Gold gained more than 1% on Tuesday, bolstered by expectations of more coronavirus relief aid in the United States as mounting COVID-19 cases renewed concerns over the pandemic's economic toll.
Spot gold was up 1.4% at $1,852.36 per ounce, while U.S. gold futures settled up 1.3% at $1,855.30.
"There is the possibility of getting stimulus passed and that is what the gold market has been waiting for," said Jeffrey Sica, founder of Circle Squared Alternative Investments.
"Most people have come to terms with the fact that the vaccine will stop the next wave, but will have very little to do with the current wave."
A staggering COVID-19 U.S. death toll put pressure on lawmakers to roll out relief aid, buoying optimism around a $1.4 trillion bill. Gold, regarded as a hedge against likely inflation and currency debasement, has risen over 22% so far this year amid the unprecedented stimulus unleashed globally.
Surging infections also led to tighter restrictions being imposed in the Netherlands, Germany and London.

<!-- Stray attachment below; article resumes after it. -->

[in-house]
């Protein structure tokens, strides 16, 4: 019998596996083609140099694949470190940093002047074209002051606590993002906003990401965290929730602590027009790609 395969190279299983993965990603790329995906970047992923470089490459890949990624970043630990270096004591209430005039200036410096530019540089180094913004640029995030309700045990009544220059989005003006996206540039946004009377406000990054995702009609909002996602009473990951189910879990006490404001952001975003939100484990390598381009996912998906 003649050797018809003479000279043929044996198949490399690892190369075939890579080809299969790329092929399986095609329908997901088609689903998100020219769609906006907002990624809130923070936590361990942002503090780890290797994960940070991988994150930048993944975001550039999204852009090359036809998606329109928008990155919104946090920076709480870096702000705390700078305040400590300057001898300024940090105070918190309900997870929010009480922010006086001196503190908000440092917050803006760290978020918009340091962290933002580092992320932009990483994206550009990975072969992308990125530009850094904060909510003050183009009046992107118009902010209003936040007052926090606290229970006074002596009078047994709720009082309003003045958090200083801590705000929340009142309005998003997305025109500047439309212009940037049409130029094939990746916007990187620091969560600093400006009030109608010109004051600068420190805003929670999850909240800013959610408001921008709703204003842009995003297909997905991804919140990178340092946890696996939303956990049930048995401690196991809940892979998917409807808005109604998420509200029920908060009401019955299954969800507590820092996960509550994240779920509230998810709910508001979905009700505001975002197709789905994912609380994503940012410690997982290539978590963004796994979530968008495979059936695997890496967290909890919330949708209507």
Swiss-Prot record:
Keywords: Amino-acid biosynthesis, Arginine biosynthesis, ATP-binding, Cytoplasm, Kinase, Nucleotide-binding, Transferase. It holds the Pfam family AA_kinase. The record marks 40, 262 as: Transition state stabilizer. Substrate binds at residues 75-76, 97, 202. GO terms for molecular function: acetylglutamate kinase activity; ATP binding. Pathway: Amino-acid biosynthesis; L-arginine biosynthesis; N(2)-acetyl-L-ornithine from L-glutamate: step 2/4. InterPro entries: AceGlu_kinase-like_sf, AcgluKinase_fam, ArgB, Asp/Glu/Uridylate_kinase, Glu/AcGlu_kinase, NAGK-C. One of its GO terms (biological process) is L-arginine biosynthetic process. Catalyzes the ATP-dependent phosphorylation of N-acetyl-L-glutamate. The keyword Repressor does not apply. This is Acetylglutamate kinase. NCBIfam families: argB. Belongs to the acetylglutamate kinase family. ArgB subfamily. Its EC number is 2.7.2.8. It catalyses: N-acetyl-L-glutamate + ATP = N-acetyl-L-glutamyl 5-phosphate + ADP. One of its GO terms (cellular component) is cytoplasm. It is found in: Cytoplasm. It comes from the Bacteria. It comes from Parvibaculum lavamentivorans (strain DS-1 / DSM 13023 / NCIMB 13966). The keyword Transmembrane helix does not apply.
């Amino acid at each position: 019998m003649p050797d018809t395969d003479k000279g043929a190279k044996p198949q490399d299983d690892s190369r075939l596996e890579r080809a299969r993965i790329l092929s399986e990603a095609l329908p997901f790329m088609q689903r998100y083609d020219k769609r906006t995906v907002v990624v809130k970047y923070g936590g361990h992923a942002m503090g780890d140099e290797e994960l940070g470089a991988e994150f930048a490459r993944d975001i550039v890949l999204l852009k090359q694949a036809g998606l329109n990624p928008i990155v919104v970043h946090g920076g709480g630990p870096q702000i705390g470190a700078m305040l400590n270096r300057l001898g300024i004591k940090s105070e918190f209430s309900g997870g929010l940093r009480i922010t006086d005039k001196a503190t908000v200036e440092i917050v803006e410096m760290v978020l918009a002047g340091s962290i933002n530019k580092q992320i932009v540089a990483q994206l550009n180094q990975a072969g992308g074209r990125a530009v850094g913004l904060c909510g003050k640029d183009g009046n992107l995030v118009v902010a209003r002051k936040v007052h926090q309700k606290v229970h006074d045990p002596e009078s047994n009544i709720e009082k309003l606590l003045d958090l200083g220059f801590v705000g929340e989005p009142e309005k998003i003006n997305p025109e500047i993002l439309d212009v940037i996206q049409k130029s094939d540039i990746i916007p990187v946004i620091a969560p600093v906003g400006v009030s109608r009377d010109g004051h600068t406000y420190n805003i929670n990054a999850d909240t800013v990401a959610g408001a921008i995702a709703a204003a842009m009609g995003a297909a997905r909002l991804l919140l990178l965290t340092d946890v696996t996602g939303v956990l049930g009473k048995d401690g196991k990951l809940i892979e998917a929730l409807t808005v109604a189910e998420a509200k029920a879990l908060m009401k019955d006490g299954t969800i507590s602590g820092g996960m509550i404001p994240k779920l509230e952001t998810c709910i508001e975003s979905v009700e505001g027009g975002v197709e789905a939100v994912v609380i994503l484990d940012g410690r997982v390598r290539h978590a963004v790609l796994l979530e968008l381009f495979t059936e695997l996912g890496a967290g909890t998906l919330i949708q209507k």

A weak dollar further enhanced appeal for greenback-denominated bullion.
Investors also awaited the U.S. Federal Reserve's meeting starting on Tuesday, with the central bank expected to maintain interest rates at near-zero.
Gold has resistance at $1,879 an ounce, with a close above the $1,894 level gearing prices to go up to $1,920, said Phillip Streible, chief market strategist at Blue Line Futures in Chicago.
Silver jumped 2.7% to $24.45 an ounce, and palladium
gained 1.9% to $2,336.62. Both metals rose more than 3% earlier in the session.
"Silver's dual roles as a precious metal and an industrial material makes it more appealing during times when economic activity is expected to rebound," said Fawad Razaqzada, market analyst with ThinkMarkets.
Platinum rose 1.8% to $1,025.08.